McConnell promises a vote on Democrats' Green New Deal
Senate Majority Leader Mitch McConnell wants to force Democrats to weigh in on a sweeping climate change and economic overhaul proposal jointly introduced last week by high-profile freshman Democratic Rep. Alexandria Ocasio-Cortez and Massachusetts Sen. Ed Markey.Posted — Updated
McConnell announced during a press conference Tuesday afternoon that he would send the so-called Green New Deal measure to the Senate floor for a vote "to see how they feel about the Green New Deal" -- a tactic he's used in recent years to put vulnerable opponents on the record supporting or opposing controversial policies.
Republicans are gearing up to make the Green New Deal a key campaign issue heading into the 2020 race. President Donald Trump took aim at the resolution at a rally in El Paso, Texas, on Monday, decrying it as "socialism" and painting elements of the proposal as pie-in-the-sky dreaming.
"I really don't like their policies of taking away your car, taking away your airplane flights, of 'let's hop a train to California,' or 'you're not allowed to own cows anymore!'" he told the crowd.
Among the array of progressive policy aims called for under the Green New Deal are a complete shift to renewable and zero-emissions energy sources, a massive effort to revamp American infrastructure, a federal jobs guarantee and a goal of carbon neutrality by 2030.
The idea of a Green New Deal has become a key policy initiative for Ocasio-Cortez, who shortly after being elected in November joined the Sunrise Movement to protest over the climate change issue in the office of now-Speaker Nancy Pelosi. Ocasio-Cortez subsquently paired up with Markey to begin working on the resolution.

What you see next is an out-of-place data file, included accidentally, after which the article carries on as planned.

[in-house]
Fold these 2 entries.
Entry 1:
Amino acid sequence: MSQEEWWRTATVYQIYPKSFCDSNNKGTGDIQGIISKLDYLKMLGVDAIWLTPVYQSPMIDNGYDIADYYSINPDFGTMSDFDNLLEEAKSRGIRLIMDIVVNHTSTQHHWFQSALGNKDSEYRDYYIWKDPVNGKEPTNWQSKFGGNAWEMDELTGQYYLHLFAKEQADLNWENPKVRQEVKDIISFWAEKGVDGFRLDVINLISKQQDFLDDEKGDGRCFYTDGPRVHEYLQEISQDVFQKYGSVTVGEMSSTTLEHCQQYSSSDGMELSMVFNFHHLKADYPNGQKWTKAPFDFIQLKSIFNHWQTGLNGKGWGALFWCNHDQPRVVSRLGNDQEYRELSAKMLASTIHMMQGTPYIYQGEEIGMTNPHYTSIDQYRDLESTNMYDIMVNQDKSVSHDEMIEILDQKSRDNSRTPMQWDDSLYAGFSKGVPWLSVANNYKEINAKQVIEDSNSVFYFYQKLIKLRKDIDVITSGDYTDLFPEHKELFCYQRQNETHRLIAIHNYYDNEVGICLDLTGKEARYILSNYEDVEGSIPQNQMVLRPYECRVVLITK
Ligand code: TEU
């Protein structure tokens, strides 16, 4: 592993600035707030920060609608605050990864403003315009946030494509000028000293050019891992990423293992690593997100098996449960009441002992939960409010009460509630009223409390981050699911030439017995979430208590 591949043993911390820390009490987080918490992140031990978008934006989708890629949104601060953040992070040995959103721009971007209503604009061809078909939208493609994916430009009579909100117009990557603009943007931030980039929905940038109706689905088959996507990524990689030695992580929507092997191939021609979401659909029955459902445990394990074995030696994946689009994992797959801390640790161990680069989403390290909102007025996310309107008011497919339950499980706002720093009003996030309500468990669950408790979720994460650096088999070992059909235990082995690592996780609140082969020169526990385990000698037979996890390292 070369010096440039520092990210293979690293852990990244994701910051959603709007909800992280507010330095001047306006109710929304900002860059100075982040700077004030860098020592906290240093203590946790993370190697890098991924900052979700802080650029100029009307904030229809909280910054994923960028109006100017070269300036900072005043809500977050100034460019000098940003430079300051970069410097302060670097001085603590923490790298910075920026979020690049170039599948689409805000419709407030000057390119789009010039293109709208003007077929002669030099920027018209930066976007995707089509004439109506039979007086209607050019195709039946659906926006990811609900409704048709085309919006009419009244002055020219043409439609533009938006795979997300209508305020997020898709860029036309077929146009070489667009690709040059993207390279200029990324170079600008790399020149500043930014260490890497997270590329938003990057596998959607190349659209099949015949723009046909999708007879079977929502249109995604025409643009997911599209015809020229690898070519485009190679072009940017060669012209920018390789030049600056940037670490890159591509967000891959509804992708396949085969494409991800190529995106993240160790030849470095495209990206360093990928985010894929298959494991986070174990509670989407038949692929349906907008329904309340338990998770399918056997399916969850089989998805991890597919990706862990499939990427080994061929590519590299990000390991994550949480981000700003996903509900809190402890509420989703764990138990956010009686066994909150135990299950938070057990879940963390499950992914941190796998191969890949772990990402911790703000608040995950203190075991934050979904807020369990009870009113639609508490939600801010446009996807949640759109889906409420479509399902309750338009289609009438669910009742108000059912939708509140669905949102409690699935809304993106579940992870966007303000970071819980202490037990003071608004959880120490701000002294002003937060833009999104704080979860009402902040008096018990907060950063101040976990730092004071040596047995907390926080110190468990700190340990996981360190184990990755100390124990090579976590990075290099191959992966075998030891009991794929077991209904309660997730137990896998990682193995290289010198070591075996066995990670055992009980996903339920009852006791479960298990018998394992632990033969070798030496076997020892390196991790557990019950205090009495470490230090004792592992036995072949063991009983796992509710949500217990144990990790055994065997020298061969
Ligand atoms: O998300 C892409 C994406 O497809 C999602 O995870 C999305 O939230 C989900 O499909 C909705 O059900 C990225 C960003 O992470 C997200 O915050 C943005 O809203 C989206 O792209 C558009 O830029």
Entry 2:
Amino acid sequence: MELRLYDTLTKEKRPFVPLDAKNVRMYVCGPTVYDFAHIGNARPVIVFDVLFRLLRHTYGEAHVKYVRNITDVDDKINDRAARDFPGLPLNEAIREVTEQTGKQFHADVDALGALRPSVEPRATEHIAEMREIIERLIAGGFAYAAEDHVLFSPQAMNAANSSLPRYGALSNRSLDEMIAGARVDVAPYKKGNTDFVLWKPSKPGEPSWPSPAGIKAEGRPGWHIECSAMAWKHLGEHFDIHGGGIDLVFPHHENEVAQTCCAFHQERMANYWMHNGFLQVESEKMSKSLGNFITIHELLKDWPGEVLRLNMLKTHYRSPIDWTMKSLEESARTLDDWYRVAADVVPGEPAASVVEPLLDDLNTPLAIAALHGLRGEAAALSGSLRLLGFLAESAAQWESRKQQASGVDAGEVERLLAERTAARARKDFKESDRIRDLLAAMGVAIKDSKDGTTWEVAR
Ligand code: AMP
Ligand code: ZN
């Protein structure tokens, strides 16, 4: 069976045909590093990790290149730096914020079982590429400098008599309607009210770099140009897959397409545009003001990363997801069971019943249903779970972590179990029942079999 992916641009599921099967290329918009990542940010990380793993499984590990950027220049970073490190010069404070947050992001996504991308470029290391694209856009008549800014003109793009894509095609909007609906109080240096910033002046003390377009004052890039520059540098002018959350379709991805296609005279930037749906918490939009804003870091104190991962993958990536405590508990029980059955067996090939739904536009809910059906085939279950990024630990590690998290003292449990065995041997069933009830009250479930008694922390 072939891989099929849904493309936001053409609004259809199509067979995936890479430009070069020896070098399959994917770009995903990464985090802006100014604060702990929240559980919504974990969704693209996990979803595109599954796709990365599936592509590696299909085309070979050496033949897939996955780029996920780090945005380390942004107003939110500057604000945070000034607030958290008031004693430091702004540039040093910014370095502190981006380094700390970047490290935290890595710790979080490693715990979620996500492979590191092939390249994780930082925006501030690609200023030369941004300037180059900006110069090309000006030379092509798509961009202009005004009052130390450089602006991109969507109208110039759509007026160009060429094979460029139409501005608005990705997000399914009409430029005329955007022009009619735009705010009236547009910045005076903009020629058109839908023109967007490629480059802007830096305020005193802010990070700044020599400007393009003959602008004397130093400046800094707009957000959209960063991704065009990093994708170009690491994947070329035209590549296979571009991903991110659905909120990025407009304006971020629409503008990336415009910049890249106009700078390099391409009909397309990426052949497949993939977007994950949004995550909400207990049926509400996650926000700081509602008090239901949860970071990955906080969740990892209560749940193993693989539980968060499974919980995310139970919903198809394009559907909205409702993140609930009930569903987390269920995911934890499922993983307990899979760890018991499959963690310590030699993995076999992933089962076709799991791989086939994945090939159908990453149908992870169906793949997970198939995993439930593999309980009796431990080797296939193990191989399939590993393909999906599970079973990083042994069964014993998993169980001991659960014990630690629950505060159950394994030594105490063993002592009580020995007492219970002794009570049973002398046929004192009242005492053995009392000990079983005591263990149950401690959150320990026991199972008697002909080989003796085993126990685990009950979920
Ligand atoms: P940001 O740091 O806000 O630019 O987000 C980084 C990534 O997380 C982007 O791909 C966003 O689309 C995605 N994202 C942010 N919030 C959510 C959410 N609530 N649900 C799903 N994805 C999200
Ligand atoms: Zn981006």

Markey's office did not immediately respond to requests for comment on a Senate floor vote.
The measure has attracted support from potential and declared presidential candidates in the Senate, including Democratic Sens. Kirsten Gillibrand, Bernie Sanders, Kamala Harris, Elizabeth Warren, Cory Booker and Amy Klobuchar.
Connecticut Sen. Chris Murphy, another cosponsor of the Green New Deal who has said he has no plans to run, told CNN's Jake Tapper on Sunday he thinks some version of the plan is "absolutely realistic."
But others aren't as ready to make a decision one way or the other. Ohio Democratic Sen. Sherrod Brown, who is mulling a 2020 run, tiptoed around questions on the topic during a Christian Science Monitor breakfast on Tuesday morning, declining to take a firm position on the proposal.
"I support a Green New Deal and aggressively addressing climate change and what it means with infrastructure and other ways," Brown initially told reporters. "I'm not going to take position on every bill that's coming out," he said of Ocasio-Cortez and Markey's resolution.
When asked how he would vote if it were to come to the Senate floor, Brown said, "I don't know... I'm going to do my job and take positions on issues that are imminently coming to the floor soon and on the ones I choose to. I'm not going to analyze every bill that some people with a lot of big ideas are proposing."
In July of 2017, Republicans brought forward a single-payer health care amendment for a vote, which failed 0-57, all Democrats voting against it. Minority Leader Chuck Schumer slammed the maneuver as "pure cynicism, pure politics" at the time. And in earlier votes on former President Barack Obama's budget proposals, Democrats refused to play ball and voted no, protesting what they saw as a political ploy by McConnell.
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